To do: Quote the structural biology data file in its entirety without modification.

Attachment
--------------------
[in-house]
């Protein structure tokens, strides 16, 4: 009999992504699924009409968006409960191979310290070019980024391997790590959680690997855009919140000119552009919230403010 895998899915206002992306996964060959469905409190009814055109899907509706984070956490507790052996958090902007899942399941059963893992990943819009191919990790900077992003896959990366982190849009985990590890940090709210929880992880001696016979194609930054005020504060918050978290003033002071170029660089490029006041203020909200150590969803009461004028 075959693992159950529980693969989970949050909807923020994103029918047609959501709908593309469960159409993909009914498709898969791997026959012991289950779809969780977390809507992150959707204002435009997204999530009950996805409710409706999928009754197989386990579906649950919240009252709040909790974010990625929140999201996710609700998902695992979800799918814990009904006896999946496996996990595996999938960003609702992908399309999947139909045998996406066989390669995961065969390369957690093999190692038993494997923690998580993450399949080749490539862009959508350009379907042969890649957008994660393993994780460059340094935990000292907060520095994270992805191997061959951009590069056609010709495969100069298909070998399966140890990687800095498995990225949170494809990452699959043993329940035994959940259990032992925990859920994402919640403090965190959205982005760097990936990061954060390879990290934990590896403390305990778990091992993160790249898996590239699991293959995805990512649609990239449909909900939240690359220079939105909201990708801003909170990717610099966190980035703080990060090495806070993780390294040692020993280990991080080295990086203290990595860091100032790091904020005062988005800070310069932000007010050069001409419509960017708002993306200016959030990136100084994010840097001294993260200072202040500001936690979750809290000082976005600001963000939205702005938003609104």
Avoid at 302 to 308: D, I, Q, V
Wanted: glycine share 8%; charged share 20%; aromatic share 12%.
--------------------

[in-house]
């Protein structure tokens, strides 16, 4: 009999992504699924009409968006409960191979310290070019980024391997790590959680690997855009919140000119552009919230403010 895998899915206002992306996964060959469905409190009814055109899907509706984070956490507790052996958090902007899942399941059963893992990943819009191919990790900077992003896959990366982190849009985990590890940090709210929880992880001696016979194609930054005020504060918050978290003033002071170029660089490029006041203020909200150590969803009461004028 075959693992159950529980693969989970949050909807923020994103029918047609959501709908593309469960159409993909009914498709898969791997026959012991289950779809969780977390809507992150959707204002435009997204999530009950996805409710409706999928009754197989386990579906649950919240009252709040909790974010990625929140999201996710609700998902695992979800799918814990009904006896999946496996996990595996999938960003609702992908399309999947139909045998996406066989390669995961065969390369957690093999190692038993494997923690998580993450399949080749490539862009959508350009379907042969890649957008994660393993994780460059340094935990000292907060520095994270992805191997061959951009590069056609010709495969100069298909070998399966140890990687800095498995990225949170494809990452699959043993329940035994959940259990032992925990859920994402919640403090965190959205982005760097990936990061954060390879990290934990590896403390305990778990091992993160790249898996590239699991293959995805990512649609990239449909909900939240690359220079939105909201990708801003909170990717610099966190980035703080990060090495806070993780390294040692020993280990991080080295990086203290990595860091100032790091904020005062988005800070310069932000007010050069001409419509960017708002993306200016959030990136100084994010840097001294993260200072202040500001936690979750809290000082976005600001963000939205702005938003609104």
Avoid at 302 to 308: D, I, Q, V
Wanted: glycine share 8%; charged share 20%; aromatic share 12%.